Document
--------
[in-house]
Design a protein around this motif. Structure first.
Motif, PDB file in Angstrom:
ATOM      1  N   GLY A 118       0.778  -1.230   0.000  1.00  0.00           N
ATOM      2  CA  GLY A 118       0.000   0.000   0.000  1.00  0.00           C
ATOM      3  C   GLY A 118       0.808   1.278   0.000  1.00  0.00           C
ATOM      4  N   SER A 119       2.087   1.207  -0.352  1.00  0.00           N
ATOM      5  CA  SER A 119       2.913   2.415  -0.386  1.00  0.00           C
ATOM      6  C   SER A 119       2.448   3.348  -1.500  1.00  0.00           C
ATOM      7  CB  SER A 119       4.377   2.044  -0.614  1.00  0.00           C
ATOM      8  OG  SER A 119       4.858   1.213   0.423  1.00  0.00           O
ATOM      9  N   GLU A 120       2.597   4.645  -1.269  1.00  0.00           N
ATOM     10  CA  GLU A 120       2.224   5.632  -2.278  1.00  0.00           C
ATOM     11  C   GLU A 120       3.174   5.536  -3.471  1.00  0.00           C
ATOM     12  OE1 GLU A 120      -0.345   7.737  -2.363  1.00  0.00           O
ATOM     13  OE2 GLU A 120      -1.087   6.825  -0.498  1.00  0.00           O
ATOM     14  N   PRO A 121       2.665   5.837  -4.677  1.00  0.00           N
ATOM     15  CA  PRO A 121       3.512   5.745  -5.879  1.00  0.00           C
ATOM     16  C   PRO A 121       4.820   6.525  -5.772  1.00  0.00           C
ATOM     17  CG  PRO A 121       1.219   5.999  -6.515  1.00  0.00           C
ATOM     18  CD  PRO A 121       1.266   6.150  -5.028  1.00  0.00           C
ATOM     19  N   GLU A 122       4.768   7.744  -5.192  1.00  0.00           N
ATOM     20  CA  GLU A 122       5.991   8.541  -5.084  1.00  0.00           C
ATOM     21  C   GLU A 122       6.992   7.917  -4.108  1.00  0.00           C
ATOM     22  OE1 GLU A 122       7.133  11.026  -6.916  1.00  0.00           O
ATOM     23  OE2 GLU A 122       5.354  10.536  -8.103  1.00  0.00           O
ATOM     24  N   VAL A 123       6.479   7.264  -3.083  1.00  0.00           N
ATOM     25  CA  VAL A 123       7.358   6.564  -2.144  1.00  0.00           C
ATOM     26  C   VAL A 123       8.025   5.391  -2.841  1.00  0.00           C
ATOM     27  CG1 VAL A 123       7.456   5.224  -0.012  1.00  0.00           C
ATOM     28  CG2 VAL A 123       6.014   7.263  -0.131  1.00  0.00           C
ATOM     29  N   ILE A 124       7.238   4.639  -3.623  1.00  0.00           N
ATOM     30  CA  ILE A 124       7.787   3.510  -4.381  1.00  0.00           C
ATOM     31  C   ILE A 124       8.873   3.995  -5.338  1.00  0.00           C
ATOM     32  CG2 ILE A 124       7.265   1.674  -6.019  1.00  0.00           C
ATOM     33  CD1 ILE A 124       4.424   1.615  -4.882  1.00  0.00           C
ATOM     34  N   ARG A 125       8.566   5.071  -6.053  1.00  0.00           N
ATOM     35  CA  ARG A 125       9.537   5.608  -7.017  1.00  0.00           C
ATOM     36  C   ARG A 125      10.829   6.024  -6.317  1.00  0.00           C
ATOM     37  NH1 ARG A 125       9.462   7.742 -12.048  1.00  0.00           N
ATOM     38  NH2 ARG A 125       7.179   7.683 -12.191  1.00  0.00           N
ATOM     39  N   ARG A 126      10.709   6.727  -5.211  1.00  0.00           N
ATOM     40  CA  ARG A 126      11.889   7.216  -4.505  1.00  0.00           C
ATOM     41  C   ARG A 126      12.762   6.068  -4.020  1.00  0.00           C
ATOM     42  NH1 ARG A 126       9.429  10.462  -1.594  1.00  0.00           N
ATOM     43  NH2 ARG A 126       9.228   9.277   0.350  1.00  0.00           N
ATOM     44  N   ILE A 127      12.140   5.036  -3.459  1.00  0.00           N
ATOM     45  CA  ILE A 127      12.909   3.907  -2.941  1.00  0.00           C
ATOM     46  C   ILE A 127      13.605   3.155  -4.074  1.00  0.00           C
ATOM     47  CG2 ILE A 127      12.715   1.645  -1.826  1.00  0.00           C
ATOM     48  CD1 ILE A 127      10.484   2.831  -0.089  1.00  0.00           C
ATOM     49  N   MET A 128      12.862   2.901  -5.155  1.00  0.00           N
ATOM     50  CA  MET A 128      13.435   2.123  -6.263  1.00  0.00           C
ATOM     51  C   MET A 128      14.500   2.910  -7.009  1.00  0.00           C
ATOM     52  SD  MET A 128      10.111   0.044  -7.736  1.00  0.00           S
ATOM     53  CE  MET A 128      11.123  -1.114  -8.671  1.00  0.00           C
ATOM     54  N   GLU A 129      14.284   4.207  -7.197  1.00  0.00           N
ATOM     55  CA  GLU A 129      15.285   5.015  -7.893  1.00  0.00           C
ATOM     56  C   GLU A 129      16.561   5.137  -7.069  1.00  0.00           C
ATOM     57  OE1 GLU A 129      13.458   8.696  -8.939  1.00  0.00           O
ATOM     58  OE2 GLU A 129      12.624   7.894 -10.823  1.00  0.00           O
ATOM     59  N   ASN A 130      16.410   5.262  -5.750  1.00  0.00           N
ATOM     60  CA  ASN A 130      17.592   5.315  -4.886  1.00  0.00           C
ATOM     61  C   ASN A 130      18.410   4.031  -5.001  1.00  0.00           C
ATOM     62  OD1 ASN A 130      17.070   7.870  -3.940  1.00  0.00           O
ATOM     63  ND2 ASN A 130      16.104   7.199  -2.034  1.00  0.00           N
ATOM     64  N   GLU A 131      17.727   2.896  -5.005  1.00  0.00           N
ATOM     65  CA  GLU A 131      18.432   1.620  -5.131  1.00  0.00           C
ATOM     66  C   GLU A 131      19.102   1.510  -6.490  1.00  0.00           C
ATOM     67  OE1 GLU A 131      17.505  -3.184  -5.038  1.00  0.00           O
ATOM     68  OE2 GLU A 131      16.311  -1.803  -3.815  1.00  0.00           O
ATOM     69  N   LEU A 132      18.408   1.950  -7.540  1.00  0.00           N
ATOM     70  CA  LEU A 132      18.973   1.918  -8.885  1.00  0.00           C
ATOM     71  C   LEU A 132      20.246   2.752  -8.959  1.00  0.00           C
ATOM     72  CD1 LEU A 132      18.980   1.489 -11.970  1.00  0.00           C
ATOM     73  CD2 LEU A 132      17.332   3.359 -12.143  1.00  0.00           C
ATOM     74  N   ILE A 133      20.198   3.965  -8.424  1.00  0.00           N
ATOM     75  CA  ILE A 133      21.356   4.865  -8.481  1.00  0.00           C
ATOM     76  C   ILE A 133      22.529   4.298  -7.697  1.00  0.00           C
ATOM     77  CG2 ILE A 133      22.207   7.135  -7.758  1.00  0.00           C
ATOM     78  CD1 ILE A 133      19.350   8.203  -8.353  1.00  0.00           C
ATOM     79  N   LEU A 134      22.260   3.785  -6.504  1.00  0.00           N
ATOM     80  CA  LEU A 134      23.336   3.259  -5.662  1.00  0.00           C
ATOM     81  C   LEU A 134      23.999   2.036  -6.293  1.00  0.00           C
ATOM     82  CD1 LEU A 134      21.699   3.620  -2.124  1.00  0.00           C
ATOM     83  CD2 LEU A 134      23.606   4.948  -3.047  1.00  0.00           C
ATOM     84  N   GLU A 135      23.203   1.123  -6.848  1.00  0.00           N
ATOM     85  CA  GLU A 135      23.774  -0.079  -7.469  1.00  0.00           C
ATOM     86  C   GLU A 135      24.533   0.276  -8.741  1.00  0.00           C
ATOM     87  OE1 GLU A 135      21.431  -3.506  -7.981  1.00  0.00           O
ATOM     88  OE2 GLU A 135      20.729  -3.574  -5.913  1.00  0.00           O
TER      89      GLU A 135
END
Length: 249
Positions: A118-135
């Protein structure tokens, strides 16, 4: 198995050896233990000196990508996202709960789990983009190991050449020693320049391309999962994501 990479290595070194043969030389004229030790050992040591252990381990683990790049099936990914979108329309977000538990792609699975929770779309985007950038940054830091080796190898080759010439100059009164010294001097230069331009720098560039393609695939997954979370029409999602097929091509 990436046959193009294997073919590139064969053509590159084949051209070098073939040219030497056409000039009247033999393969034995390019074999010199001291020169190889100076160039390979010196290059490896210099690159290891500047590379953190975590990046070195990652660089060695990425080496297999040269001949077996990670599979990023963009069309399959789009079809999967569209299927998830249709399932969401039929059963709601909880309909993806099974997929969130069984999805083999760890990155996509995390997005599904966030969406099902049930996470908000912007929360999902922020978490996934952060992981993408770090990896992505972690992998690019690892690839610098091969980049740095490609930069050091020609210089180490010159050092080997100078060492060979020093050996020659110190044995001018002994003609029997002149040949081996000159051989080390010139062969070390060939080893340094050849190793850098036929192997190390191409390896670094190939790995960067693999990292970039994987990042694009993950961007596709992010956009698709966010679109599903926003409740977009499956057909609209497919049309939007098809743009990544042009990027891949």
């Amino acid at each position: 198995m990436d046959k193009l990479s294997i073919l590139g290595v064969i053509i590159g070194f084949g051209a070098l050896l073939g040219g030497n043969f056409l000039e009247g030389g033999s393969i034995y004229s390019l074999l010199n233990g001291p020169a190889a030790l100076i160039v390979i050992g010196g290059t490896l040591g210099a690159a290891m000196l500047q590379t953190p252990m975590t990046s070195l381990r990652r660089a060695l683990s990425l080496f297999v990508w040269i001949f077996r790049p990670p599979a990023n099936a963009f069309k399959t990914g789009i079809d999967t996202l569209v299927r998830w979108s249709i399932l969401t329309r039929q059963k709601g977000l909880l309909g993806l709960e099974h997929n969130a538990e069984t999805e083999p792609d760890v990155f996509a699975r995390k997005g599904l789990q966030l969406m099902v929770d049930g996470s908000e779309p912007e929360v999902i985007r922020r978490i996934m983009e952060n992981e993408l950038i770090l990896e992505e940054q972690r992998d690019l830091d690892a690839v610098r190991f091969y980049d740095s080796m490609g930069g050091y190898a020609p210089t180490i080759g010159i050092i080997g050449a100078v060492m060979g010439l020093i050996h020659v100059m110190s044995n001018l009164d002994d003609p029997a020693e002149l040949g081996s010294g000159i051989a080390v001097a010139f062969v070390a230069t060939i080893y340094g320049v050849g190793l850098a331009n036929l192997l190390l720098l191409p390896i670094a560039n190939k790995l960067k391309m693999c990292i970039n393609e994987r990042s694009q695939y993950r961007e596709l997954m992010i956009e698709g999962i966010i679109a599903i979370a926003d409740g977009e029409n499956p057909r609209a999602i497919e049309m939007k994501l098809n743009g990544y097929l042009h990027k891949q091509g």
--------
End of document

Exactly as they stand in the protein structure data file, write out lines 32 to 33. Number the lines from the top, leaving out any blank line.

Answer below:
ATOM     29  N   ILE A 124       7.238   4.639  -3.623  1.00  0.00           N
ATOM     30  CA  ILE A 124       7.787   3.510  -4.381  1.00  0.00           C